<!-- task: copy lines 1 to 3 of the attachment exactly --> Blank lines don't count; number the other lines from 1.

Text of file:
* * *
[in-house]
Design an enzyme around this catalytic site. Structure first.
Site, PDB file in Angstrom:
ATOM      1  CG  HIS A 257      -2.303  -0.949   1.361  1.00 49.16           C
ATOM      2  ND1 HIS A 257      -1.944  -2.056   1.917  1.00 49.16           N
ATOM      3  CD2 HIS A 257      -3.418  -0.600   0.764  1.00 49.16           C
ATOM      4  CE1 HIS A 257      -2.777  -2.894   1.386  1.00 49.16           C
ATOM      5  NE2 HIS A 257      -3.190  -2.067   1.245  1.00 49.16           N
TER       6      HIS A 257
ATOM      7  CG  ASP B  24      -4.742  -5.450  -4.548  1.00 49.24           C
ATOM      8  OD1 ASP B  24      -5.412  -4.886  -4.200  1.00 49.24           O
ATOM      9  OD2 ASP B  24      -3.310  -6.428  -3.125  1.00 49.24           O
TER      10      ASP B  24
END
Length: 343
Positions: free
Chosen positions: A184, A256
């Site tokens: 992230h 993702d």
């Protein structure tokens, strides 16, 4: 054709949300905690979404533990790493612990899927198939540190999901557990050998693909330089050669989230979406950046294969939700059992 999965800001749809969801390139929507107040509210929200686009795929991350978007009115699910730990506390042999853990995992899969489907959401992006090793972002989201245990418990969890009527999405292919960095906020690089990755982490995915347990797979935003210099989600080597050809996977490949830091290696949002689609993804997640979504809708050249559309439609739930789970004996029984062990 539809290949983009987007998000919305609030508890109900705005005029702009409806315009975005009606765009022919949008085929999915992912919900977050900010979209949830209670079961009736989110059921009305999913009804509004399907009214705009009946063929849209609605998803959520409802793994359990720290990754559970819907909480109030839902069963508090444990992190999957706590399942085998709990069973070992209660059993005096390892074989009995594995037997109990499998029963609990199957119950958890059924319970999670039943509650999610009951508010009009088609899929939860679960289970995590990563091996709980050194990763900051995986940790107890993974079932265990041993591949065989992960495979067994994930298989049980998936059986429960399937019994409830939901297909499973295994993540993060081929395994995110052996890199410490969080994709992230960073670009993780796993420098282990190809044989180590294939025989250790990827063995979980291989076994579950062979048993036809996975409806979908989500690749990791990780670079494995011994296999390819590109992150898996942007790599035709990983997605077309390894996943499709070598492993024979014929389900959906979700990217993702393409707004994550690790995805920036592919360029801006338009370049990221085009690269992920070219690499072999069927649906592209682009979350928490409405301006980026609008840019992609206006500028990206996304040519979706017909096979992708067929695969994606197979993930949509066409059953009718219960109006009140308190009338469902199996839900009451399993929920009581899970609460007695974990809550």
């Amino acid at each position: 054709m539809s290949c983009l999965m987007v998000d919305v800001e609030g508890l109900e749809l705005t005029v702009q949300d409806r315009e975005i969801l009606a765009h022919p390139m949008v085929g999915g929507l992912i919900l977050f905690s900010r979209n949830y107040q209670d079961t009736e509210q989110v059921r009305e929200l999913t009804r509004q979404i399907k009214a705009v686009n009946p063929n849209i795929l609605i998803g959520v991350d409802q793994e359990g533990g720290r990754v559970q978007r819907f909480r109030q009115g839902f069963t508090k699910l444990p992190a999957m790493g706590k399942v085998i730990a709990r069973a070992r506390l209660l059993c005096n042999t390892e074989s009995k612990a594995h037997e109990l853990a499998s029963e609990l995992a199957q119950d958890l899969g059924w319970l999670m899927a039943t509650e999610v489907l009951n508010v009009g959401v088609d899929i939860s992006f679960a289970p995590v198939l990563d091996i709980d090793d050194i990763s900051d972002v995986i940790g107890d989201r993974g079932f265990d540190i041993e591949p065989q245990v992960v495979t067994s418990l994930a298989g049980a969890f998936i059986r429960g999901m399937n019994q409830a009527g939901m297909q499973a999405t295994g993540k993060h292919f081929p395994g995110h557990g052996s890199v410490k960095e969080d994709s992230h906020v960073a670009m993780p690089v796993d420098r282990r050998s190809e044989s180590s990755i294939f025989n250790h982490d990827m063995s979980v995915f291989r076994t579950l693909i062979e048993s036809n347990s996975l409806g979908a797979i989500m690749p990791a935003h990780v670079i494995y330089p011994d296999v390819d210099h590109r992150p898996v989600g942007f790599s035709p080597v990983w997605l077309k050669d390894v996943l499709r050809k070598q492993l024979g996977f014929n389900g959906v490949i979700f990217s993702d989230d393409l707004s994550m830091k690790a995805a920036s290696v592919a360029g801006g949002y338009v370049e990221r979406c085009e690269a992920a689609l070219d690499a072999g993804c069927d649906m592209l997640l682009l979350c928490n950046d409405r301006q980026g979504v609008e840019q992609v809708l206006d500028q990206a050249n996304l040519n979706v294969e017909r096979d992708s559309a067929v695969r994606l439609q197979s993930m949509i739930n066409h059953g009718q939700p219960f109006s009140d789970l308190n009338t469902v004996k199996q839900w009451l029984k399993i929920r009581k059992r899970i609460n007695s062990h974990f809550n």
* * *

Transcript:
[in-house]
Design an enzyme around this catalytic site. Structure first.
Site, PDB file in Angstrom: